• Dr. Nastu Sharma, Country Director of One Heart World Wide, who presented comprehensively about the different health provisions in places by Government of Nepal.
  • Indu Tuladhar, Human Rights Lawyer, spoke about the provision our constitution provides to patients and every citizens.
  • Dr. Surendra Bhandari, Constitutional Lawyer, presented his views on future of public health sector.
  • Prakash Ghimire, Senior Auxiliary Health Worker from Management Division of Nepal, who shed light on some of the most evasive topic such as who is considered “Bippana barga” – ultra poor. Apparently, it is self-declared in Nepal.
  • Grishma Maharjan and Sangita KC of Nepal Psychological Society, who are working to improve the mental health education system and awareness of importance of mental health.
  • Dr. Kshitiz C Paudel, medical director of Amppipal Community Hospital, and MD (General Practice), who inspired the entire audience on the need to work for the greater good of the community. Watch the video here
  • Dr. Sarad Baral, DHO of Accham, who has been serving the community in one of the most remote parts of Nepal. He believes the way to improve health care is community supervision because he says he can’t be everywhere, “It greatly helps me to supervise when the community starts supervising the health sector as well”.
  • Dr. Saroj Dhital, Founder of Kathmandu Model Hospital, and a surgeon who has been working to create a strong community of professionals to improve the health care system of Nepal.

For the audience, the key take away was very clear – lots needs to be done to strengthen the health care system of Nepal and there is a lot of non-medical professionals can do to support the health care system.

We will be creating lots of new multimedia content about what we learned from the conference and forming partnerships across the board to make sure we try to reach every corner of Nepal.

The Change agents-MFN’s Student Ambassadors Orientation successfully held

2MFN has launched Student Ambassador Programme to start engaging the most creative sector of the society to think about how they can be involved to strengthen the public healthcare system of Nepal. It starts with learning about health rights, how to access them and then finally how to creatively disseminate. But it doesn’t stop here. MFN’s ambassadors are the torch bearers of discussion of Nepal’s health policies and their active engagement now will ensure better implementation of such policies.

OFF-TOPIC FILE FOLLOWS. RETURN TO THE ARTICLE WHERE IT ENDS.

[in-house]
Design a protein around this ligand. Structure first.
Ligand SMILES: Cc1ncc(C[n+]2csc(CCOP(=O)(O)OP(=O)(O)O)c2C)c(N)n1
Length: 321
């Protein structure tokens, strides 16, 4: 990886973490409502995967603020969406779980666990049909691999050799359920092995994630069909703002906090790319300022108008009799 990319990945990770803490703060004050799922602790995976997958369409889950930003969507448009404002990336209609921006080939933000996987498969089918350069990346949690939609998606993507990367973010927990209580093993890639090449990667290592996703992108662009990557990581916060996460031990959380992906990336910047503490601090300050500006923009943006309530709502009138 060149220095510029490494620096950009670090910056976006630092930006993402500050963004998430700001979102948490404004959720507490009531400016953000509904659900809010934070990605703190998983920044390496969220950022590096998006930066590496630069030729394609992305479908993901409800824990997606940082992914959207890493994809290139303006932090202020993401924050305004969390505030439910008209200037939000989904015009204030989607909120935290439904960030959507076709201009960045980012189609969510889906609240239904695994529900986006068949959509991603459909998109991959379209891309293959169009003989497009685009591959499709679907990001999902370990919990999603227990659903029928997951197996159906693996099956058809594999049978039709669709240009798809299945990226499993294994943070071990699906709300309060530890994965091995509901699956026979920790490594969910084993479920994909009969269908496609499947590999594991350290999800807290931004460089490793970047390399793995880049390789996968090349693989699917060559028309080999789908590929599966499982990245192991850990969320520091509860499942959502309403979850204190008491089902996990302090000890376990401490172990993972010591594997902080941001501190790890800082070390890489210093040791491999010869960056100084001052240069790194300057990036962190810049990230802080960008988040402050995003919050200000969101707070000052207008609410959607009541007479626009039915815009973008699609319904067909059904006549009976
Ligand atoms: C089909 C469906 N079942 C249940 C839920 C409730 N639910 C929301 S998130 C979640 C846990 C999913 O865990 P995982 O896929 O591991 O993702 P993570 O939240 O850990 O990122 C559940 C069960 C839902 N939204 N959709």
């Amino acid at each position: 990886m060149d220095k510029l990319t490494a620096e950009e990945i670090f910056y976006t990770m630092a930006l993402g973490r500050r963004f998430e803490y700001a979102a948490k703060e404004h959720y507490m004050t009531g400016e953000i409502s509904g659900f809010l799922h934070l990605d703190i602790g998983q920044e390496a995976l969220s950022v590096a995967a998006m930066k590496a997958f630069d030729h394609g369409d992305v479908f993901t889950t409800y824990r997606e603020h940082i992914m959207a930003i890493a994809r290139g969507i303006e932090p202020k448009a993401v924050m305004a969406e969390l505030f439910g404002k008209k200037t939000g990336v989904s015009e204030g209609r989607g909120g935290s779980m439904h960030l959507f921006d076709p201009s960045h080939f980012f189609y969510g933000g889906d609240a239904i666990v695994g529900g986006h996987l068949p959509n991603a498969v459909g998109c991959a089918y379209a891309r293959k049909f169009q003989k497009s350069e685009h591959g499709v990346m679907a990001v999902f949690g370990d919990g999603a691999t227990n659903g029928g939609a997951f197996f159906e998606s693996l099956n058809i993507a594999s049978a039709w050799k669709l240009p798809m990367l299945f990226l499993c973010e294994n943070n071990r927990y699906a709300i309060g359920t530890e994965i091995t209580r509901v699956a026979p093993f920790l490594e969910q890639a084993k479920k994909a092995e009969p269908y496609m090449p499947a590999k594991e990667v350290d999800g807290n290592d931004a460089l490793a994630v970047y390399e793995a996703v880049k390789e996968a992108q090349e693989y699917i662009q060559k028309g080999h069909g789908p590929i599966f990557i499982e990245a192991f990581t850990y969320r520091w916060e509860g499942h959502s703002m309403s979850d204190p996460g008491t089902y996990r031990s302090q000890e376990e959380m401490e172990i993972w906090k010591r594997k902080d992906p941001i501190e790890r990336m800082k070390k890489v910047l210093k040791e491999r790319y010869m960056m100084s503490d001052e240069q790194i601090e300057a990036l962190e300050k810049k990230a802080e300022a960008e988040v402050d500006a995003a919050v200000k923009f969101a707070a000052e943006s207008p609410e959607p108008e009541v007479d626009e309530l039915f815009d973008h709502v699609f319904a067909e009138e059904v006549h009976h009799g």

6The Ambassador Programme addresses to high school and college students who are willing to take initiative to share their knowledge about health rights among their peers and at their respective schools/colleges. To ensure this process MFN encourages their Ambassadors to work closely with their school’s or college’s administration. From MFN’s perspective knowing our health rights is the first step in accessing them. Claiming our health rights can provide the basis for further development/improvement of the dysfunctional healthcare system of Nepal.

The new ambassadors already have great plans and their personal roles to support the health agenda of MFN.We look forward to working with each one of them and making sure we as a society come together to support public health care system and let everyone realize health is an investment not an expenditure

Conference on Public Health Care – Current State and Possibilities to be held

Medication for Nepal has had the honor of consulting some of the most esteemed doctors, health experts and dedicated social sector professionals who have been wholeheartedly doing everything they can to improve the health sector of Nepal. The amount of knowledge and information that we gained through these meetings were enormous, and to build on that and take the knowledge flow and expertise sharing to the next level, we want to once again bring together these experts to debunk and discuss health care rights in Nepal.
On September 11th 2016, an event has been organized by Medication for Nepal, where experts from different fields – Health, Media, Engineering, and Social Sector will come together to create an aligned strategy to improve the health care system in Nepal. After gathering information about Health Rights, Policies and how to access them, we will get help from engineers, and technology experts, to develop partnerships that help us make health rights a priority agenda item across industries, and to create new channels to disseminate health rights information to the masses via new or local media. The event will be held at Leapfrog Technology Offices, Charkhal from 9:30am to 2pm.
With this event, we aim to grant every individual access to simple and factual information about their health rights.
We ran a survey in Helambu (5 VDCs) to get a sense of health rights awareness with a health of partner organization, and we found out that everyone purchased basic medicines – Cetamol, ORS, cold medicines, that they are supposed to get for free, 75% of the population were oblivious to the fact that Government of Nepal provides up to 1 lakh of treatment support for nine different disease areas. 25% people knew about this provision however none had ever seen it in practice. They are largely unaware of having any health rights at all, let alone how to claim them or file a complaint for non-compliance.
People are unaware about other important health information such as, basic essential medications to be available for free in public health posts, free heart surgery treatment for children below 15 years, free Dialysis treatment for diabetic patients and many more. MFN would like to fill this information gap with this event by collecting and disseminating valuable health information to the public. Our mission is to ultimately strengthen the public health care system of Nepal.